which spatially homogenized the stimulus. An image of the exit slit of the monochromator fell on the Vincent shutter (S) which was controlled by digital circuitry to provide a 1 set pulse when the subject pressed a microswitch. The circular variable neutral density wedge (CVW) was rotated by means of a digital stepping motor and digital circuitry to yield equal luminances at the aperture (A). The equal luminances were set by the lP39 phototube (PT) onto which light was reflected by the microscope slide (MS) and which was calibrated against a Tektronix digital photometer placed at the aperture (A). The perimeter screen was that described by Graham (1972). It consisted of a half-cylindrical shell, whose diameter was 21 in. The subject’s left eye was positioned on the axis of the cylinder midway between the floor and the roof of the perimeter. The perimeter screen, which was spray-painted with Celofite flat white paint. was evenly illuminated with louvered 7.5 W Sylvania lamps run at 40 V, one above and one below the subject, to provide an adaptation level of approx @70 mL as measured by a Tektronix J&6 Digital photometer (corresponding approximately to 35 td as determined by employing the method described in Wyszecki and Stiles (19671, based upon the data of DeGroot and Gebhard (1932). We approximately equated the 550 nm stimuius in brightness to the background. and this luminance of the 550 nm stimulus was that used for all wavelengths and all subjects. The stimulus of dia 50’ was delivered via the fiber bundle and appeared in a I’ 24’ hole in the screen at the 0” perimetric location. The subject’s head and eye positions were controlled by means of an adjustable bite bar. Throughout the experiment the subjects left eye was used, and the right eye was occluded with an eye patch. Subjecrs.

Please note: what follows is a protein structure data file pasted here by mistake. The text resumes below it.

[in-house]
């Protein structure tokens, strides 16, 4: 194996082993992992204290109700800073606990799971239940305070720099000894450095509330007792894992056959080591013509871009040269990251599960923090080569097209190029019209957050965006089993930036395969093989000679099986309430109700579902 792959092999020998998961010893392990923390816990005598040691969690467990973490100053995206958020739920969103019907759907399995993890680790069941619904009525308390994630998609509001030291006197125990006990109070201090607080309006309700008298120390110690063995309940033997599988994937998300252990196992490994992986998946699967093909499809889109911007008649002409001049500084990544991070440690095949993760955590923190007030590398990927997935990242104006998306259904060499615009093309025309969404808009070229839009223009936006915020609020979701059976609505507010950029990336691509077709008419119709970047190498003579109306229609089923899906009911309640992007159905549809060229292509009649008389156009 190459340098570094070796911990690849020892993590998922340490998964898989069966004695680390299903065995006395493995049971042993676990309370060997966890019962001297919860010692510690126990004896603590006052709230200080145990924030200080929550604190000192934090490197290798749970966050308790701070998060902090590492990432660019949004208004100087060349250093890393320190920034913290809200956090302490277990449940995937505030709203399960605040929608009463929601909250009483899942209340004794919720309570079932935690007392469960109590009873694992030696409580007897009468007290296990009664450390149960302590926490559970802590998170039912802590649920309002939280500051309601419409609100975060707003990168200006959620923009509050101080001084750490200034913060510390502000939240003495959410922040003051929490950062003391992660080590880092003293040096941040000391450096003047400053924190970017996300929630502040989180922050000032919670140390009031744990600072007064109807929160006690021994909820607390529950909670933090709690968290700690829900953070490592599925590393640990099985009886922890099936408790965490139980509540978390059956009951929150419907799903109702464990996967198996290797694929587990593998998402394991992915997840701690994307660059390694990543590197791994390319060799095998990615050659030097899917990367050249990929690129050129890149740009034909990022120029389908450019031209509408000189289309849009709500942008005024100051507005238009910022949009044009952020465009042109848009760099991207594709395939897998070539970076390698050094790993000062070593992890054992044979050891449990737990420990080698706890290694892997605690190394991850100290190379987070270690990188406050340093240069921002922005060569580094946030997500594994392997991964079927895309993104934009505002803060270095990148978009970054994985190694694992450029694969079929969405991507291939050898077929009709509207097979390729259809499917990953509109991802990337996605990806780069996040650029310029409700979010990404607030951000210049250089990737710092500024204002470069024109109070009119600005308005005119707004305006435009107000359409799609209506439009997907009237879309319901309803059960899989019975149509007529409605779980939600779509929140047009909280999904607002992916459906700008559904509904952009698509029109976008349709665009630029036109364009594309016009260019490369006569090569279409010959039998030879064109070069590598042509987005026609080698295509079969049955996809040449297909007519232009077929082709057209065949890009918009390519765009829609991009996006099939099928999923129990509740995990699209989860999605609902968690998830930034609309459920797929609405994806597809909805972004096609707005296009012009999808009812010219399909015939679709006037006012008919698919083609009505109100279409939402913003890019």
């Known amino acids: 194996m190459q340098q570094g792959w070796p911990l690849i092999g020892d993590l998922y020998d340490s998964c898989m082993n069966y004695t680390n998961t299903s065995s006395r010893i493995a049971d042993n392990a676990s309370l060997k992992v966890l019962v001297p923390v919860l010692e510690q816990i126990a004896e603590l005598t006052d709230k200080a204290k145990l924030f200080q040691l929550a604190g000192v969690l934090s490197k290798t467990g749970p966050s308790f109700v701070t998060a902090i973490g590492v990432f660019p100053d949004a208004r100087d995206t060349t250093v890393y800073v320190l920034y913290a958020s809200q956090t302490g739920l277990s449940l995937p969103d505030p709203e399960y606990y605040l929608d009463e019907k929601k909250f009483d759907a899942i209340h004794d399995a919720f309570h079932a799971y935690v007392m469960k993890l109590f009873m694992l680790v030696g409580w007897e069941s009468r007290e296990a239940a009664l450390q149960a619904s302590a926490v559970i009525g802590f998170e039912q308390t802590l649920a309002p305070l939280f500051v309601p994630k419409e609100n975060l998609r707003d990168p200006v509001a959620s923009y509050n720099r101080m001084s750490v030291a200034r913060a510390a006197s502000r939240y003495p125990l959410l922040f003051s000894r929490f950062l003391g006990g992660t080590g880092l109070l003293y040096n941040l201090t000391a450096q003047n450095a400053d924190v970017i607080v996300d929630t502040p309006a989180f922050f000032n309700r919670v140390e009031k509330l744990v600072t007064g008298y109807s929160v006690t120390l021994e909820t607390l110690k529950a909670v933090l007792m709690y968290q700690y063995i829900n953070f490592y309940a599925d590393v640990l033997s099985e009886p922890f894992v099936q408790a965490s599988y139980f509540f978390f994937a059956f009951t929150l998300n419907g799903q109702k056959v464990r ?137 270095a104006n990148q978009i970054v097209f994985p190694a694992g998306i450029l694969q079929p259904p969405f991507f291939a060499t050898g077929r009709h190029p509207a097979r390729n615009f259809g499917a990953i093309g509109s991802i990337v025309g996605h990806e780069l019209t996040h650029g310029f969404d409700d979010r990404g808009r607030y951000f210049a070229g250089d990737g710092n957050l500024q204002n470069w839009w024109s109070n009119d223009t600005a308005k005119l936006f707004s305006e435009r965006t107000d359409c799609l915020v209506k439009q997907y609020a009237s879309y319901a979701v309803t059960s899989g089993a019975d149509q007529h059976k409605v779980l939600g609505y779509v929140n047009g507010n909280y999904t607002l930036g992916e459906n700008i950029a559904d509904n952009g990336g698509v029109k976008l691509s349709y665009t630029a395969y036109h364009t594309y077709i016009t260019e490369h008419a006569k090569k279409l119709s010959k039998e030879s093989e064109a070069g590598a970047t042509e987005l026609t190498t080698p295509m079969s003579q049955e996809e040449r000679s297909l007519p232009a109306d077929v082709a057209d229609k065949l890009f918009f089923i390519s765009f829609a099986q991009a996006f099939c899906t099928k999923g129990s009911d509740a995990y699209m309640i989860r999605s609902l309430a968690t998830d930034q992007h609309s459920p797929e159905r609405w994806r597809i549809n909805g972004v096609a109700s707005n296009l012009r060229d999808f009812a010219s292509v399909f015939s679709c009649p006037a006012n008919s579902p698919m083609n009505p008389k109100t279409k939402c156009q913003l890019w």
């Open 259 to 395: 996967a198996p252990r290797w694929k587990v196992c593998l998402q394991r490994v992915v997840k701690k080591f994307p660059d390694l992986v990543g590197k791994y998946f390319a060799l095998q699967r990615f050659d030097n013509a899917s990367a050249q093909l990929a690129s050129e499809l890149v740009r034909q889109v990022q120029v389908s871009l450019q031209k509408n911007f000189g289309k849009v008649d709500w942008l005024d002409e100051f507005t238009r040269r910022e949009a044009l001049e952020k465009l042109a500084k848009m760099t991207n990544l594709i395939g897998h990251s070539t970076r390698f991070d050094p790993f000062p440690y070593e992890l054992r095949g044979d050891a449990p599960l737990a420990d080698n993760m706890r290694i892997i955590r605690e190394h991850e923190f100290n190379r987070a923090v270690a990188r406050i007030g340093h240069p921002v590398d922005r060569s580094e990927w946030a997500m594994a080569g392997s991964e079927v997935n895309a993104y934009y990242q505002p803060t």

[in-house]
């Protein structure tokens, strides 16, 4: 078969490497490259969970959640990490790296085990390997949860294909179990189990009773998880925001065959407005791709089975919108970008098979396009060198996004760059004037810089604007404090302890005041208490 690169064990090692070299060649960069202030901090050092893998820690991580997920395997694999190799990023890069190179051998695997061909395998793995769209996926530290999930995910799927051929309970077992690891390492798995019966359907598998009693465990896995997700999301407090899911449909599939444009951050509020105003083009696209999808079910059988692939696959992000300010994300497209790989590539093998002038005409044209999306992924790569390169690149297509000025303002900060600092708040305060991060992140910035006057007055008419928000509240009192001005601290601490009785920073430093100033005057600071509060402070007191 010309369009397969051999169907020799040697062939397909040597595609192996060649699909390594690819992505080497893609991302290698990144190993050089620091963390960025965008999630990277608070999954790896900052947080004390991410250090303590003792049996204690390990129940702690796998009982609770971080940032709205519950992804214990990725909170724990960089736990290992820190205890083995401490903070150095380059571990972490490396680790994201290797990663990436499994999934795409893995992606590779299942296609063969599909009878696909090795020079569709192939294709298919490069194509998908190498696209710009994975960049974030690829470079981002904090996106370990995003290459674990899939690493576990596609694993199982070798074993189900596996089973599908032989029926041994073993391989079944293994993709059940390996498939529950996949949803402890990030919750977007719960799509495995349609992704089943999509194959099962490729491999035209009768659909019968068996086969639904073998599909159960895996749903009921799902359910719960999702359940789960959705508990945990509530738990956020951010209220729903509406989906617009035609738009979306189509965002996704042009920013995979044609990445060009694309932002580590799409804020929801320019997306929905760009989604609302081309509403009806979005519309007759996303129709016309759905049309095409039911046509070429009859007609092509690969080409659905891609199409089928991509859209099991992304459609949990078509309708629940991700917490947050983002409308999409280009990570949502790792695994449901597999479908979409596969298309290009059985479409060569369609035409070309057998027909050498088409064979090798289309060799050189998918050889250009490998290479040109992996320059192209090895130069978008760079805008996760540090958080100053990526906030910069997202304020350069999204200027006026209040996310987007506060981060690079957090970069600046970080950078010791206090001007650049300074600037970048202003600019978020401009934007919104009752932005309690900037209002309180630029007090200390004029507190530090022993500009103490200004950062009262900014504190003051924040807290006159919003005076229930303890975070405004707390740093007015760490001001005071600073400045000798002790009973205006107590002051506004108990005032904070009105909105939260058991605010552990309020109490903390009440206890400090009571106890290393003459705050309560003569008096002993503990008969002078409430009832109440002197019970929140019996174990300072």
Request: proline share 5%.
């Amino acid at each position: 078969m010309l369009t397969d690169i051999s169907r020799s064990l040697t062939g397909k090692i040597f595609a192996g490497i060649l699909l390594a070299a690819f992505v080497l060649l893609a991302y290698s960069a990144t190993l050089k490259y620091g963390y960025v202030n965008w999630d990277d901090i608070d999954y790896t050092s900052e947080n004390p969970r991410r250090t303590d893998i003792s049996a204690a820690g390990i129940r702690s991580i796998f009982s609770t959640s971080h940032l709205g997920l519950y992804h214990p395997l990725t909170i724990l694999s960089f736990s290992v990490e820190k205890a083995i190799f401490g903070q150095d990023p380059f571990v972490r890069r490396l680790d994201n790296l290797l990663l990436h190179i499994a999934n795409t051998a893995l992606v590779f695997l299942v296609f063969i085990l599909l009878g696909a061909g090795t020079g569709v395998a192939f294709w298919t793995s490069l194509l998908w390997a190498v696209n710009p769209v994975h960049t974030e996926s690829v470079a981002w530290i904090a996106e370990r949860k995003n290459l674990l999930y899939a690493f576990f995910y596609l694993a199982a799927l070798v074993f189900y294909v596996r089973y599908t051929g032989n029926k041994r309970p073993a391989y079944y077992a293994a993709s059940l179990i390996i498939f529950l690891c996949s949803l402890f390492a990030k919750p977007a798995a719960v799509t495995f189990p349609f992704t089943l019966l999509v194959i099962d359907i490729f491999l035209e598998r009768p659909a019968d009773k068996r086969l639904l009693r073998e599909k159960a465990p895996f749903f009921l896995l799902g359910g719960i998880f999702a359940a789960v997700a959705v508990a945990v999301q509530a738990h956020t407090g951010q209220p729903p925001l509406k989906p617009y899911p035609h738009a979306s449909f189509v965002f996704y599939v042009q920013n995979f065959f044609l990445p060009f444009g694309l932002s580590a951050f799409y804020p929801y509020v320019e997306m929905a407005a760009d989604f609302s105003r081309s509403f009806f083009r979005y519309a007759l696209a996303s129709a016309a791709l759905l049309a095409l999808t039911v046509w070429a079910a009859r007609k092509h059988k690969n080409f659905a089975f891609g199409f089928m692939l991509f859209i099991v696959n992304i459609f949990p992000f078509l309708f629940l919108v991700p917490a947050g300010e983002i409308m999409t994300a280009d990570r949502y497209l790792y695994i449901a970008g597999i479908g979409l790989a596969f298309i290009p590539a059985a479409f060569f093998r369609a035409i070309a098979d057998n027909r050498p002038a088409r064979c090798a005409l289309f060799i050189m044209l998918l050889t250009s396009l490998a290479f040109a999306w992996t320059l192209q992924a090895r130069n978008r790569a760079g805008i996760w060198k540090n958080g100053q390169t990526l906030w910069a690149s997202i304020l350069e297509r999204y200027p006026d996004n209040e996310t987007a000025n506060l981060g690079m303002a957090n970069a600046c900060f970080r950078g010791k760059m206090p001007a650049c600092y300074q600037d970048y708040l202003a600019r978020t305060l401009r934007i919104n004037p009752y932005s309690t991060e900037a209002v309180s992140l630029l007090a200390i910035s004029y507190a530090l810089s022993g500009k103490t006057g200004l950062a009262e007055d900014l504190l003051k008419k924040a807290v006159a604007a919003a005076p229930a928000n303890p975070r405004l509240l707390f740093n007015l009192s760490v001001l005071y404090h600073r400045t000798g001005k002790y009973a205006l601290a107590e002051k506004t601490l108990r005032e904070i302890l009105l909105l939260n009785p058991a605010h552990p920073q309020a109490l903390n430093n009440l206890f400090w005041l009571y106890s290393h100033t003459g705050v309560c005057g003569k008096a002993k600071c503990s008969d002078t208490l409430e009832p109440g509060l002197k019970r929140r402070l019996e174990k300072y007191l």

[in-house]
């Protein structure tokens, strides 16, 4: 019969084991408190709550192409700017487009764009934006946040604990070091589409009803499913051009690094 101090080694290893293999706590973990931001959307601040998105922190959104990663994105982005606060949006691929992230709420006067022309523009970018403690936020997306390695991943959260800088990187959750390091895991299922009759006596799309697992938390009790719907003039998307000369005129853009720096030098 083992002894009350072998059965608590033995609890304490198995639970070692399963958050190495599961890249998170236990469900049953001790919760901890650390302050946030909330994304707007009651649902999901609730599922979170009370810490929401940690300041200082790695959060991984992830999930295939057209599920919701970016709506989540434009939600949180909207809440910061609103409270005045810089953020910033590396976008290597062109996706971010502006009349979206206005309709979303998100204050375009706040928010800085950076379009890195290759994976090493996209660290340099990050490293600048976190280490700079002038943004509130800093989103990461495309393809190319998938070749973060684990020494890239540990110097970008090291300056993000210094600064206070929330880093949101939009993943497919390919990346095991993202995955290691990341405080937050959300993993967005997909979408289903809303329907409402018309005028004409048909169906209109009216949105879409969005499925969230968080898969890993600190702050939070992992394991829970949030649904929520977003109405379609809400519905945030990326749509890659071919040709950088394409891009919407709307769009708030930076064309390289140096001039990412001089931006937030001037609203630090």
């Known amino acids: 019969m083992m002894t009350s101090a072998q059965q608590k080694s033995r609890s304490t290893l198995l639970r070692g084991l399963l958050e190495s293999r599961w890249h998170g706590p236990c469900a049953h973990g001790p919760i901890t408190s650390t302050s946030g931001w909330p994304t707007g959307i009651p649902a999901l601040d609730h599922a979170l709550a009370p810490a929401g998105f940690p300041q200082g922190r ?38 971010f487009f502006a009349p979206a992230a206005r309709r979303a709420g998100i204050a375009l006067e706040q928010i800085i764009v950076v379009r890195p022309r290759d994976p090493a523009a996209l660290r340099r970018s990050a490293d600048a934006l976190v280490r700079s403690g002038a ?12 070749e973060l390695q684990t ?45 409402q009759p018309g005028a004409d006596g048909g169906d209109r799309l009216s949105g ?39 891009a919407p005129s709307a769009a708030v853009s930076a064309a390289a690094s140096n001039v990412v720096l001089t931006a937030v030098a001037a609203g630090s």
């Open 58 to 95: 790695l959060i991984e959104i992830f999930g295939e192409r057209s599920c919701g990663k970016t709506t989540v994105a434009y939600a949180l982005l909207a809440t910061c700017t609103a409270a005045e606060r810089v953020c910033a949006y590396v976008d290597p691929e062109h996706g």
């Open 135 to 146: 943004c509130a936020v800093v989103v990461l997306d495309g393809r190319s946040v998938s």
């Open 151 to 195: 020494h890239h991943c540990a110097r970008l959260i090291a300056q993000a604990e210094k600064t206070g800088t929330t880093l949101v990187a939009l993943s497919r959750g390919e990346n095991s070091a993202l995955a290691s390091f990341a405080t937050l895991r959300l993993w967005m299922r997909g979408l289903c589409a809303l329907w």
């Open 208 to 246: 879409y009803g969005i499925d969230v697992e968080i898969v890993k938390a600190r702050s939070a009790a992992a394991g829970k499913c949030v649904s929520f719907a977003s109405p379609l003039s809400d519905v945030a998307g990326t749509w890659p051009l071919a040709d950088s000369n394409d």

The subjects were four volunteer college students with normal color vision as tested by the HRR. D-15 and Nagel Anomaloscope.

Research Note ILLUMlNATlON

SYSTEM

Fig. 1. The apparatus consisted of an illumination system and a perimeter screen. linked by a fiber bundle (EB). The observer fixated the center of the aperture A with his left eye. The stimulus, which appeared at A, was spatially homogenized by the ground glass plate (GG). For a description of the illumination system see the text. Procrdm-r

At the beginning of each session an eye patch was placed

on the subject’s right eye. The subject sat with his head in the perimeter and light adapted for 10 min, after which he was positioned on the bite bar. He was instructed that for each stimulus presentation he would have to give a hue resoonse. consistina of 100% of Red. Green. Yellow or Blue or a percenta& mixtur; of pairs of these hues. The subject was instructed that yellow-blue and red-green responses were not allowed. The subject fixated the center of the aperture (A) and then initiated a trial by pressing a micro-switch. Each trial consisted of a I-set pulse. after which the subject gave his hue response. During each session two blocks of the wavelengths M-630 in IO-nm steps were presented. Each block was separately randomized in order of wavelength presentation. After a single training session, each subject was given five sessions. RESULTS